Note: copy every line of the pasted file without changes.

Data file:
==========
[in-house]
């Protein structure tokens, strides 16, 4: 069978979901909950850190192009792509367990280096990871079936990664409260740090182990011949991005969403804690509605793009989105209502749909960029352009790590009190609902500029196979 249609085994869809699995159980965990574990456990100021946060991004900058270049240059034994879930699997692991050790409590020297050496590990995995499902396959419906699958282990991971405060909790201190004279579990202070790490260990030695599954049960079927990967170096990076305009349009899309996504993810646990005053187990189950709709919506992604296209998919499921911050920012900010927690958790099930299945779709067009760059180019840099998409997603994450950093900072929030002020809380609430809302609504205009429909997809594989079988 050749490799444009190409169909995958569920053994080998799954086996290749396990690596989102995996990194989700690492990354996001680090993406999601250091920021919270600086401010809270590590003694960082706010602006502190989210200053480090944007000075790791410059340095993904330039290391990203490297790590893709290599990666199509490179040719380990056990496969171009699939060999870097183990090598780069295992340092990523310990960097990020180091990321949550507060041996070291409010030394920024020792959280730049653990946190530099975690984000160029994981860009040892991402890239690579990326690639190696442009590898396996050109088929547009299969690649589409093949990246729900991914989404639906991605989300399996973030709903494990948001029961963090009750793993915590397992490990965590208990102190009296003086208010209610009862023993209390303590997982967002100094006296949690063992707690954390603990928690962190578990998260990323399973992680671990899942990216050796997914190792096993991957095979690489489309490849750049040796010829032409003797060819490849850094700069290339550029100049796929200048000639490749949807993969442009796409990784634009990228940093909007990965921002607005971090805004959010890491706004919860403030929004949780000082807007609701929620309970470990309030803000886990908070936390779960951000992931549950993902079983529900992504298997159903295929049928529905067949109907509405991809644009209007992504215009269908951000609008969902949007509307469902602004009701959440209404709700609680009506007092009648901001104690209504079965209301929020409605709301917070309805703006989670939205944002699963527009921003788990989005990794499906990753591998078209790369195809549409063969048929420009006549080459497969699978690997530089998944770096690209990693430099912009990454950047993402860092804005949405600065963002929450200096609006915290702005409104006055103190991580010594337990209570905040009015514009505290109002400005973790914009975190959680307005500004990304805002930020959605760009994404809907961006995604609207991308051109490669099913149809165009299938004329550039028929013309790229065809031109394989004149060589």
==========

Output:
[in-house]
């Protein structure tokens, strides 16, 4: 069978979901909950850190192009792509367990280096990871079936990664409260740090182990011949991005969403804690509605793009989105209502749909960029352009790590009190609902500029196979 249609085994869809699995159980965990574990456990100021946060991004900058270049240059034994879930699997692991050790409590020297050496590990995995499902396959419906699958282990991971405060909790201190004279579990202070790490260990030695599954049960079927990967170096990076305009349009899309996504993810646990005053187990189950709709919506992604296209998919499921911050920012900010927690958790099930299945779709067009760059180019840099998409997603994450950093900072929030002020809380609430809302609504205009429909997809594989079988 050749490799444009190409169909995958569920053994080998799954086996290749396990690596989102995996990194989700690492990354996001680090993406999601250091920021919270600086401010809270590590003694960082706010602006502190989210200053480090944007000075790791410059340095993904330039290391990203490297790590893709290599990666199509490179040719380990056990496969171009699939060999870097183990090598780069295992340092990523310990960097990020180091990321949550507060041996070291409010030394920024020792959280730049653990946190530099975690984000160029994981860009040892991402890239690579990326690639190696442009590898396996050109088929547009299969690649589409093949990246729900991914989404639906991605989300399996973030709903494990948001029961963090009750793993915590397992490990965590208990102190009296003086208010209610009862023993209390303590997982967002100094006296949690063992707690954390603990928690962190578990998260990323399973992680671990899942990216050796997914190792096993991957095979690489489309490849750049040796010829032409003797060819490849850094700069290339550029100049796929200048000639490749949807993969442009796409990784634009990228940093909007990965921002607005971090805004959010890491706004919860403030929004949780000082807007609701929620309970470990309030803000886990908070936390779960951000992931549950993902079983529900992504298997159903295929049928529905067949109907509405991809644009209007992504215009269908951000609008969902949007509307469902602004009701959440209404709700609680009506007092009648901001104690209504079965209301929020409605709301917070309805703006989670939205944002699963527009921003788990989005990794499906990753591998078209790369195809549409063969048929420009006549080459497969699978690997530089998944770096690209990693430099912009990454950047993402860092804005949405600065963002929450200096609006915290702005409104006055103190991580010594337990209570905040009015514009505290109002400005973790914009975190959680307005500004990304805002930020959605760009994404809907961006995604609207991308051109490669099913149809165009299938004329550039028929013309790229065809031109394989004149060589």